But what does the actual data show? The GAO report revealed that among systems analysts, programmers, and other computer-related workers, differences in median reported earnings between H-1B workers aged 20 to 29 and  U.S. workers of the same age were not statistically significantly different, and the same was true for workers aged 30 to 39. Only H-1B workers aged 40 to 50 had median reported earnings that were significantly lower than the median earnings of their U.S. counterparts. (And yet perhaps the fact that H-1B workers tend to be younger than their U.S. counterparts suggests that this marginal discrepancy is even less significant.)

Meanwhile, among electronics and electrical engineers, there was no significant difference in median earnings. And, finally, among college and university educators, differences in reported earnings were not statistically significant except among younger age groups in which the H-1B workers actually had higher reported earnings than U.S. workers in the same age category.

Likewise, a recent private sector review finds that most studies report "no negative income effects" on high-skilled Americans from high-skilled foreign workers--and, more broadly, that high levels of immigration have not slowed down but have actually increased overall wage gains for average, native-born American workers.

Myth #3: H-1B workers are modern-day "indentured servants"

Here, the suggestion is that foreign workers are so dependent on their employers for their presence in the United States that they might be willing to tolerate abusive employment practices.

However, the fact is that H-1B employees are absolutely free to transfer their status from one employer to another, with no need for any prior authorization from the former. They can complete this process through USCIS by premium processing in as little as two weeks.

Myth #4: H-1B fraud is rampant

The alleged fraud patterns are not completely clear. For example, in one small 2008 DHS study, it was estimated that H-1B fraud occurred in about 13% of cases--the vast majority of which involved smaller companies, less educated employees and more marginal occupational categories (such as accounting, human resources, business analysts, sales, and advertising). Moreover, the estimated majority of violations had to do, not with H-1B employees receiving less than the prevailing wage but rather, with misrepresentations regarding the location of their employment. On the other hand, according to the GAO, DOL investigators reported that the bulk of the complaints they received the next year (in 2009) pertained to large Northeastern staffing companies, whereas the majority of reported violations had been failures to pay the required wage.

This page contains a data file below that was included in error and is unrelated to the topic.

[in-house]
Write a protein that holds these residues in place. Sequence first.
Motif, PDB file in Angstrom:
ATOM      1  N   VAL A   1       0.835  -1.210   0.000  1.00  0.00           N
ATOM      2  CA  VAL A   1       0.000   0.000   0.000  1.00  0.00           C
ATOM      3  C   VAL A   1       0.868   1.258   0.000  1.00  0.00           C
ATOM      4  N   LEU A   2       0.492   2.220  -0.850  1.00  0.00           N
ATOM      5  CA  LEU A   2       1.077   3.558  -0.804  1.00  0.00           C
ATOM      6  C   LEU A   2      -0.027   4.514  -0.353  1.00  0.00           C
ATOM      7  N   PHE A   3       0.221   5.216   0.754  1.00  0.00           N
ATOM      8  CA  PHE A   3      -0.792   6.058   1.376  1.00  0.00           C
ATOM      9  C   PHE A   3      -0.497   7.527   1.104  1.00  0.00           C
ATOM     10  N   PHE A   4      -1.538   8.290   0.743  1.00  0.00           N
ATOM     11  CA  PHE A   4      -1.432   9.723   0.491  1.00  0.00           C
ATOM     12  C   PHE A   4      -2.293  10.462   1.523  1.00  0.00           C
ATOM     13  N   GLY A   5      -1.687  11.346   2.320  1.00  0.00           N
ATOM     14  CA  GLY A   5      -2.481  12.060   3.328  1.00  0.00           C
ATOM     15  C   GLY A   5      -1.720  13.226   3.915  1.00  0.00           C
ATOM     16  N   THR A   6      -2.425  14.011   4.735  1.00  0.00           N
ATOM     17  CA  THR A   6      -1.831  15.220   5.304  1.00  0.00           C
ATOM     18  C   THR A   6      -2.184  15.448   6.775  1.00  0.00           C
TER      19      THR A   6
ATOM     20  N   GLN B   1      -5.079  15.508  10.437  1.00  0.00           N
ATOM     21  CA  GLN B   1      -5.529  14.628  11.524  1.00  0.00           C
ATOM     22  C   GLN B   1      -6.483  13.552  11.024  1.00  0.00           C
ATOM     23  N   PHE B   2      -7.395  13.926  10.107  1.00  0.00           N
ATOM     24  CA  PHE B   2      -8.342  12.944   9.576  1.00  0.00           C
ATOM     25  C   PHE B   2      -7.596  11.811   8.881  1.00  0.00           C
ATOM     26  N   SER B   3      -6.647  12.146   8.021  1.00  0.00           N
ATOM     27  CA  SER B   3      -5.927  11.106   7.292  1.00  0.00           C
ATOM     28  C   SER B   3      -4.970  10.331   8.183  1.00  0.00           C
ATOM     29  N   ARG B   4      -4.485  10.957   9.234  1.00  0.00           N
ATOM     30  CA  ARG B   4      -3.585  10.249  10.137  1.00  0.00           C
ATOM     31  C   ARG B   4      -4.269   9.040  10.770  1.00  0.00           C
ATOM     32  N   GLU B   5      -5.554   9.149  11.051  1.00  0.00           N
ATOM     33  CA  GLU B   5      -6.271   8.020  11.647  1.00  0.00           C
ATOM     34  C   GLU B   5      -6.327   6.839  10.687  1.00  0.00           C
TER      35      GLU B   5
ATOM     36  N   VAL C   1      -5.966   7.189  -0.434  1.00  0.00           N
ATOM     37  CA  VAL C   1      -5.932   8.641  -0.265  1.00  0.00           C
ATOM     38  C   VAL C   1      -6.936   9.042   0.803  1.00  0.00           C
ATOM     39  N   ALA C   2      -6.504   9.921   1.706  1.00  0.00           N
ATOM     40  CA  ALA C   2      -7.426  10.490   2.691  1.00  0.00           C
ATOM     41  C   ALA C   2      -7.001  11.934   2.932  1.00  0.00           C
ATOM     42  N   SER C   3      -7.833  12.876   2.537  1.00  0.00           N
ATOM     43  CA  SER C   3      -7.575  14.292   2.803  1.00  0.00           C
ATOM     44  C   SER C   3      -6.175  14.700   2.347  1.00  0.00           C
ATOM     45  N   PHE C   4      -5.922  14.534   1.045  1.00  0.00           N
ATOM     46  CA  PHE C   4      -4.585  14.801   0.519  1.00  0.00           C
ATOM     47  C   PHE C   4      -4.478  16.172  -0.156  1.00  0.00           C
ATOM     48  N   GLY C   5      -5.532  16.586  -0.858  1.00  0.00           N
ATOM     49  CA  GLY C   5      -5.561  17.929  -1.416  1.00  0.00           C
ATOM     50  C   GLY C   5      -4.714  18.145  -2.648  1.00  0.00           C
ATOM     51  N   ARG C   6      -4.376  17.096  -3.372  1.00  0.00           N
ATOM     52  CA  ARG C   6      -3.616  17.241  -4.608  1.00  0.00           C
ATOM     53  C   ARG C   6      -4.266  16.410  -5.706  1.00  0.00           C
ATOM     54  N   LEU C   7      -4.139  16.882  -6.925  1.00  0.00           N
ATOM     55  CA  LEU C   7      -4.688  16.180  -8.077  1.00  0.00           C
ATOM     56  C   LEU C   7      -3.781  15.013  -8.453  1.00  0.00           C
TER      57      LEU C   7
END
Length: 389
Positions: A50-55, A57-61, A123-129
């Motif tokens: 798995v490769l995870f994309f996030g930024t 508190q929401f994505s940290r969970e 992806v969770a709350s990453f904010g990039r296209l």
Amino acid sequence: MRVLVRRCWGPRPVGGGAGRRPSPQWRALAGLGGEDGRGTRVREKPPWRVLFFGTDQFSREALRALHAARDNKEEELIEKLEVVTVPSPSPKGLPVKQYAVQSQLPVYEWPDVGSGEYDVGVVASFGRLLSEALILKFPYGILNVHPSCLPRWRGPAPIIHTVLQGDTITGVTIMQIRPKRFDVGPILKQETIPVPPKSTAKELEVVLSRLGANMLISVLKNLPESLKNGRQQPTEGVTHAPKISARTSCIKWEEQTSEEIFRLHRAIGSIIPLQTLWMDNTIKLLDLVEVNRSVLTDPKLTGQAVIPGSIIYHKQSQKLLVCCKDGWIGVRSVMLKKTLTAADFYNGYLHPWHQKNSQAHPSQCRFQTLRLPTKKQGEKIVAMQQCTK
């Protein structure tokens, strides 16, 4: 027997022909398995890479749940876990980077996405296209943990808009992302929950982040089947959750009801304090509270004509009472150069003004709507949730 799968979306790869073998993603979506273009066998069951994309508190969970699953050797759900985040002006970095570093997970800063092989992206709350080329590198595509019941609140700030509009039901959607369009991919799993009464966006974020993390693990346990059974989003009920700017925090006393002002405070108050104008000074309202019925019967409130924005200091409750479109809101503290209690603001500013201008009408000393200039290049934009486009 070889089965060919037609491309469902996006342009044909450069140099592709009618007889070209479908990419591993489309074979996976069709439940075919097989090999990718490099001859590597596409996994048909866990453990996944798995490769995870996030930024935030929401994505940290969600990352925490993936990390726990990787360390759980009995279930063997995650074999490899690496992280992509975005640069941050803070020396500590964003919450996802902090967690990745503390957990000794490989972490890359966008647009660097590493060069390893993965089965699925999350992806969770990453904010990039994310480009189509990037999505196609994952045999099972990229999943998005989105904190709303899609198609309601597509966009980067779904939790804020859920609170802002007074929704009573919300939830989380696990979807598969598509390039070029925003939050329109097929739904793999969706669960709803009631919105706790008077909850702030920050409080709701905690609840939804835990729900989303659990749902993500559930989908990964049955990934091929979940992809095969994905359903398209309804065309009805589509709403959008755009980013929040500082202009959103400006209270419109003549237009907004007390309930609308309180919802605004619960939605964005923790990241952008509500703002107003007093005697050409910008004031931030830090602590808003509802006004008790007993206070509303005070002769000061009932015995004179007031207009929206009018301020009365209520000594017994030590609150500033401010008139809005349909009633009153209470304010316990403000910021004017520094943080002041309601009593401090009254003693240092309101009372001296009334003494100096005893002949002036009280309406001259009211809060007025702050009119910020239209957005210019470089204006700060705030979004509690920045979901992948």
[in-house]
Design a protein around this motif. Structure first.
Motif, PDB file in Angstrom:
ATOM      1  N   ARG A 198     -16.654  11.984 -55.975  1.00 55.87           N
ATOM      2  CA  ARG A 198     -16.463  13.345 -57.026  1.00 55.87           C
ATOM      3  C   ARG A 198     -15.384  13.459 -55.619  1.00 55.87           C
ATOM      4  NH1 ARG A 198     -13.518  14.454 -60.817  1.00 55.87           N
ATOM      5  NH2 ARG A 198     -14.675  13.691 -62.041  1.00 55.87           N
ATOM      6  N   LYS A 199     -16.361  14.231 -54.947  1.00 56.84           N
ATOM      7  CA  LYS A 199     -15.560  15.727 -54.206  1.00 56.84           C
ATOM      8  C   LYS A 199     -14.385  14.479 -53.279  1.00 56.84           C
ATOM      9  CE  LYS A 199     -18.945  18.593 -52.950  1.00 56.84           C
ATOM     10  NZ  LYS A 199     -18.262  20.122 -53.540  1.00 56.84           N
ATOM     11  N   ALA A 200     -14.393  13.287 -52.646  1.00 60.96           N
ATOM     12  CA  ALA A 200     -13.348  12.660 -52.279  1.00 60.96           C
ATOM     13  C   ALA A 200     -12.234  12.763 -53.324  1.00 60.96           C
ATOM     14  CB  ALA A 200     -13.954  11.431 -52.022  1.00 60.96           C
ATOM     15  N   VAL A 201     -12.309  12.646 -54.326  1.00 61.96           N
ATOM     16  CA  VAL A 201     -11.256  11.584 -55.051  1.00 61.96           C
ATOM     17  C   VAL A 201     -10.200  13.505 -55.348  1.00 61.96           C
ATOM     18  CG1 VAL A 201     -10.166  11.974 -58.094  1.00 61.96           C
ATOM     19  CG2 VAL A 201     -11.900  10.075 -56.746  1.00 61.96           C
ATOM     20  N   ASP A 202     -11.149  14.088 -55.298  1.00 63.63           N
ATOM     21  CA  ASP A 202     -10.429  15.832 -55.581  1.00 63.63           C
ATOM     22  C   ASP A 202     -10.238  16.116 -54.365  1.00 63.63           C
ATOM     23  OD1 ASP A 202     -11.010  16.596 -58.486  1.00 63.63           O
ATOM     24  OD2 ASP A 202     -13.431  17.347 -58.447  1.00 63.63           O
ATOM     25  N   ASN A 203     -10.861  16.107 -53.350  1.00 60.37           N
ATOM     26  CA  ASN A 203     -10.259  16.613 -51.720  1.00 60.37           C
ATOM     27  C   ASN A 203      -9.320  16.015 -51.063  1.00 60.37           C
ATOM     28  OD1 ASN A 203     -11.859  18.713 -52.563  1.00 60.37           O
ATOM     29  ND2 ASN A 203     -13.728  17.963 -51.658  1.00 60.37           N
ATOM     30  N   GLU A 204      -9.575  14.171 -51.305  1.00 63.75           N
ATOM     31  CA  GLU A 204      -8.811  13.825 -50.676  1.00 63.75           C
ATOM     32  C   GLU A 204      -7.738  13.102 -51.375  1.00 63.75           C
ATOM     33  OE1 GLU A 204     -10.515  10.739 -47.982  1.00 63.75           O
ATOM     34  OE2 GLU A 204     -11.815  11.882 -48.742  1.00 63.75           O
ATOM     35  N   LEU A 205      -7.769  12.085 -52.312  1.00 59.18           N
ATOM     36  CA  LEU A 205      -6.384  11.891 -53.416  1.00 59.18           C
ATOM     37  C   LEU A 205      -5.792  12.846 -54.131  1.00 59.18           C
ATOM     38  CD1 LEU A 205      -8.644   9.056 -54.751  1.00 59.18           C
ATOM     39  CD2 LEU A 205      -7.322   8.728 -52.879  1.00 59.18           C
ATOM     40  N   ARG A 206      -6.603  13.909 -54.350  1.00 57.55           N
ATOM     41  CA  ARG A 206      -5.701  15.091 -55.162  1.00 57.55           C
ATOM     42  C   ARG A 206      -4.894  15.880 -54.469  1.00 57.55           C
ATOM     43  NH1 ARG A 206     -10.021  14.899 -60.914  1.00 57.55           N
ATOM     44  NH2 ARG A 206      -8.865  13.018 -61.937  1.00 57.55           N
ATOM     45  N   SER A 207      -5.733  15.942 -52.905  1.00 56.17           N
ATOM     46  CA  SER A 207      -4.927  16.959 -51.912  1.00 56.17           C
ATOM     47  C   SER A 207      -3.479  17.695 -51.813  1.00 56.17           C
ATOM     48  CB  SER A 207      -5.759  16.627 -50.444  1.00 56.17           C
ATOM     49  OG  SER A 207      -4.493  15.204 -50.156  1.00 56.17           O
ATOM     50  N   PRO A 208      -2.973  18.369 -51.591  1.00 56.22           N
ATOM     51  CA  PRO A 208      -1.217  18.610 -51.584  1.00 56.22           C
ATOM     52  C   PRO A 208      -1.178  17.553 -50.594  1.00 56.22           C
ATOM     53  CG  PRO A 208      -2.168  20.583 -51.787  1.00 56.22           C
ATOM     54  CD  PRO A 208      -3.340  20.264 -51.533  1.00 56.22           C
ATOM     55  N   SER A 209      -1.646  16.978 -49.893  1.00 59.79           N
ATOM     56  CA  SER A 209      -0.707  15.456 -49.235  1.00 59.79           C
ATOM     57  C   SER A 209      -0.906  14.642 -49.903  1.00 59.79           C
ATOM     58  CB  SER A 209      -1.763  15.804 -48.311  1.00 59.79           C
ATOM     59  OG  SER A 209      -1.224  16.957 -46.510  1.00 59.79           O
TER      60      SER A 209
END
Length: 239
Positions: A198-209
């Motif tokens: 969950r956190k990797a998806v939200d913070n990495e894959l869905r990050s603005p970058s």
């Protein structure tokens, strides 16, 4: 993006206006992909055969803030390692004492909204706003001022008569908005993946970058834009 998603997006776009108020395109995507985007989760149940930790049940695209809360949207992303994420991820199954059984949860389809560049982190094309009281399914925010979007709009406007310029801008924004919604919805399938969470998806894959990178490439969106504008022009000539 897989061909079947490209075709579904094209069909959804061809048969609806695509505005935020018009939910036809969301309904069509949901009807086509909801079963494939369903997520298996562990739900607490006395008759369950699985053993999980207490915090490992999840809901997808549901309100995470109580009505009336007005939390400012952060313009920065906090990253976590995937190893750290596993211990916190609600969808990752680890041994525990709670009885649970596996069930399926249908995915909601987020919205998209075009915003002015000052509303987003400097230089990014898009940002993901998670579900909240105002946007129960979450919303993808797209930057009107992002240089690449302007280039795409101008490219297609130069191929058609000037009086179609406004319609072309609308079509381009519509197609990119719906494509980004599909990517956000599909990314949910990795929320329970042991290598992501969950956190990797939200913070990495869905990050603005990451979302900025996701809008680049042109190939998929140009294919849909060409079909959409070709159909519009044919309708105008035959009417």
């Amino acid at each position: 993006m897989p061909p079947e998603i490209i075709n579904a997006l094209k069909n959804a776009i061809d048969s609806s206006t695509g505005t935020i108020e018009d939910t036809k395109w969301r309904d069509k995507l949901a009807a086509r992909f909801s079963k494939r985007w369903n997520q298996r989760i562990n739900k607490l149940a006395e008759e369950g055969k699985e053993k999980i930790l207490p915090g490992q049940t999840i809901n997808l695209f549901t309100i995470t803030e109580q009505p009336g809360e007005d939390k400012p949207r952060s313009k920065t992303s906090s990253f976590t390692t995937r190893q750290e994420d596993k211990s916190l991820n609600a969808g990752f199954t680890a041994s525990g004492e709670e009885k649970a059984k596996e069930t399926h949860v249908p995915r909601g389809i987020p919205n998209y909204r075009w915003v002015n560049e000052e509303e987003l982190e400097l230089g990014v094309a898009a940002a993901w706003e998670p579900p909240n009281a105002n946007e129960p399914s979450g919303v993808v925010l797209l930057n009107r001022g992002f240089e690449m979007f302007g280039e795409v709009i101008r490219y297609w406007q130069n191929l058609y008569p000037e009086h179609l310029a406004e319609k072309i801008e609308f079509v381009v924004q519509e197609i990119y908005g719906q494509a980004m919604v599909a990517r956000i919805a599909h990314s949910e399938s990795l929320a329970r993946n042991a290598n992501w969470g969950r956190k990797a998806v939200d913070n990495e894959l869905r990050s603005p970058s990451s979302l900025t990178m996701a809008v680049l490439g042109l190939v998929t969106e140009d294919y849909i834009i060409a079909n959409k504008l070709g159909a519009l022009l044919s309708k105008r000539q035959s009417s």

The fact remains, nevertheless, that the Departments of Labor, Justice and Homeland Security have significant authority to investigate and punish cases of potential fraud and other violations.

Reform Proposal

Ideally, the H-1B cap should be either increased or removed. This is especially important for the U.S. IT industry, which, in order to remain competitive, might feel more pressure to outsource services or offshore operations--as the GAO report indeed revealed that several IT services firms had in fact moved (or were planning to move) work offshore as a result of the cap.

However, if the cap remains low, then, so long as demand exceeds supply, perhaps DHS should consider adding (or should be required to add) new factors to its selection process, instead of subjecting all petitions alike to the same lottery. For example: perhaps US-based companies, and especially smaller employers petitioning for only one employee per fiscal year, should be given priority (considering that these are much less likely than larger firms to find alternative ways to hire their first choice); or perhaps companies with multiple petitions should be allowed to rank order their choices; or perhaps workers with a U.S. education or other U.S. ties should be given priority, etc.